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From Deadwood to Opportunity: CRIA Changes Its Tune on the Canadian Online Music Market

For many years, the most prominent critic of the Canadian online music market has been the industry itself. The Canadian Recording Industry Association (now known as Music Canada) has consistently argued that few would want to invest in Canada due to the state of our copyright laws. For example, in 2009, CRIA President Graham Henderson published an op-ed that said our trading partners were racing ahead of Canada, which he argued was a product of Canadian copyright law. A year later, Universal Music Canada appeared before the Standing Committee on Canadian Heritage and told MPs the legal uncertainty meant that the investment was going to other countries.

This week, the industry seemingly decided to change its tune. It released a new guide on licensing digital music in Canada that identifies the key organizations that license music in Canada, including the record labels and several copyright collectives. The report highlights how there are services in Canada in all the major segments, including digital downloads, non-interactive streaming, on-demand streaming, and music videos.


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Taking Stock of the SOPA Battle

Several excellent pieces assessing the recent battle over SOPA have been posted over the past few days. They include:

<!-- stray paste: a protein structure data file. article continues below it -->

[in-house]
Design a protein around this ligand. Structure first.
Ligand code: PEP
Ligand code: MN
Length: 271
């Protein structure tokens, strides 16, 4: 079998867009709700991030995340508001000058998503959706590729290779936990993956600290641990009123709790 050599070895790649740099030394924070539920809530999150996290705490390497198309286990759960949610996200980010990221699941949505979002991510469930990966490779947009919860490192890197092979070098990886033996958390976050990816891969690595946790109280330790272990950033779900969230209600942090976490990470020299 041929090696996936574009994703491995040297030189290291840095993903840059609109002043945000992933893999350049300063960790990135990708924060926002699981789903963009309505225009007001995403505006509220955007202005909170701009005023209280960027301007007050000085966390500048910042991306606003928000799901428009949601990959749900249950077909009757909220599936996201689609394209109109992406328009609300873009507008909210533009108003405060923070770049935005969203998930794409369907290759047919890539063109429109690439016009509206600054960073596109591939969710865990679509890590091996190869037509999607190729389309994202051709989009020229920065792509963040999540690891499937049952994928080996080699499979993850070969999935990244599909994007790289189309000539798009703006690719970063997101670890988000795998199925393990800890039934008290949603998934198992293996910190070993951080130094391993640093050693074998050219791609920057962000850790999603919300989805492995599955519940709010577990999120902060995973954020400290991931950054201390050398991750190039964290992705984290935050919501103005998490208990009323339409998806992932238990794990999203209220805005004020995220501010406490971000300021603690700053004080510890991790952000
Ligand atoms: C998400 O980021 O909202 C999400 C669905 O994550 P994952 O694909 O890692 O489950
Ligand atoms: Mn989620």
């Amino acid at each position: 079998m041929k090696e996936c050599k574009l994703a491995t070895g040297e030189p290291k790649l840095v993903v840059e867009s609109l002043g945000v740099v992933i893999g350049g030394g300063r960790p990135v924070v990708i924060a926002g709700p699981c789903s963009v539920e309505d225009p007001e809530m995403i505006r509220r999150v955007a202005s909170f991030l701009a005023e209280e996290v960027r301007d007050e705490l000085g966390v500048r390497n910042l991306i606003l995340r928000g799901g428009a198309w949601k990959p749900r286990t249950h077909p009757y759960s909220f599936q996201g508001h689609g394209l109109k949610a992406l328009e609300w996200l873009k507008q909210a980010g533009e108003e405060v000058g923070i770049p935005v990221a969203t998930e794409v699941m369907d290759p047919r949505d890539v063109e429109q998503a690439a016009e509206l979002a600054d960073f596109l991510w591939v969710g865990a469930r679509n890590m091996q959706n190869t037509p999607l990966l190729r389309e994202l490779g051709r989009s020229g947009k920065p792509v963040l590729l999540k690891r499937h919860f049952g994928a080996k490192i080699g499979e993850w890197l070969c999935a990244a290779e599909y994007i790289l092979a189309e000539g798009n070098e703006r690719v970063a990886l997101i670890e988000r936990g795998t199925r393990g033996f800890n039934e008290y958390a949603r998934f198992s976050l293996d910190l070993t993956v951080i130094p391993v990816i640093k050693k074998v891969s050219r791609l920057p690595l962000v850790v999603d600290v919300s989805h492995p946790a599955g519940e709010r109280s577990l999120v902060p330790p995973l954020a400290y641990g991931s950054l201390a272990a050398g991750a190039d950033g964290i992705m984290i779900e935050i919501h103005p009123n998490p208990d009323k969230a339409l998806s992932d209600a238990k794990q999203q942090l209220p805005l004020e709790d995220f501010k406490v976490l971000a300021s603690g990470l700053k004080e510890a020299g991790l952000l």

• Larry Downes, has a great piece titled Who Really Stopped SOPA, and Why?
  • Yochai Benkler on Seven Lessons from SOPA/PIPA/Megauplaod and Four Proposals on Where We Go From Here
  • The Hollywood Reporter provides the industry perspective on how it lost the legislative fight.
  • Art Brodsky of Public Knowledge illustrates why defeating SOPA is not cause to declare victory just yet.

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Bill C-11: Copyright, The Movie

Jesse Brown blogs on the push to introduce SOPA style rules into Canadian copyright reform.
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Canada Wants Telecom, Culture Off the Table in CETA

Canada's offer to the Europeans in the Canada-EU Trade Agreement negotiations on several key areas leaked yesterday. The documents reveal that Canada wants both telecom foreign ownership and cultural protections kept out the agreement.
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